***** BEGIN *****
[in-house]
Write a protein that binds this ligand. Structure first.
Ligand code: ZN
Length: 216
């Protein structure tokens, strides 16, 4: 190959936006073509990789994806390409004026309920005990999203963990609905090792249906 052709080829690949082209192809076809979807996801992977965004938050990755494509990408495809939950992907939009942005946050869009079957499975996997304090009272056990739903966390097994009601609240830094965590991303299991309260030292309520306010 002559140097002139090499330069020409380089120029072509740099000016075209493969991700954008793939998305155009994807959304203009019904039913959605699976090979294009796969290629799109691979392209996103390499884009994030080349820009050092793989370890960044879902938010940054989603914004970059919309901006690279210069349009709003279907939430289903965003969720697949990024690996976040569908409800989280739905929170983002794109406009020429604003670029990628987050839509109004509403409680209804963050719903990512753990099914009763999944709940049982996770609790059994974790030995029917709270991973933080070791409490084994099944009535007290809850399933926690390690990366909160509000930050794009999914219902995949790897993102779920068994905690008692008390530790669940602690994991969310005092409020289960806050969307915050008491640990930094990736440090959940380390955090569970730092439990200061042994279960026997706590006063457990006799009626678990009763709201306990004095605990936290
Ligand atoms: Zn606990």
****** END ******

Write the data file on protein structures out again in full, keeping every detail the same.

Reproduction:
[in-house]
Write a protein that binds this ligand. Structure first.
Ligand code: ZN
Length: 216
């Protein structure tokens, strides 16, 4: 190959936006073509990789994806390409004026309920005990999203963990609905090792249906 052709080829690949082209192809076809979807996801992977965004938050990755494509990408495809939950992907939009942005946050869009079957499975996997304090009272056990739903966390097994009601609240830094965590991303299991309260030292309520306010 002559140097002139090499330069020409380089120029072509740099000016075209493969991700954008793939998305155009994807959304203009019904039913959605699976090979294009796969290629799109691979392209996103390499884009994030080349820009050092793989370890960044879902938010940054989603914004970059919309901006690279210069349009709003279907939430289903965003969720697949990024690996976040569908409800989280739905929170983002794109406009020429604003670029990628987050839509109004509403409680209804963050719903990512753990099914009763999944709940049982996770609790059994974790030995029917709270991973933080070791409490084994099944009535007290809850399933926690390690990366909160509000930050794009999914219902995949790897993102779920068994905690008692008390530790669940602690994991969310005092409020289960806050969307915050008491640990930094990736440090959940380390955090569970730092439990200061042994279960026997706590006063457990006799009626678990009763709201306990004095605990936290
Ligand atoms: Zn606990």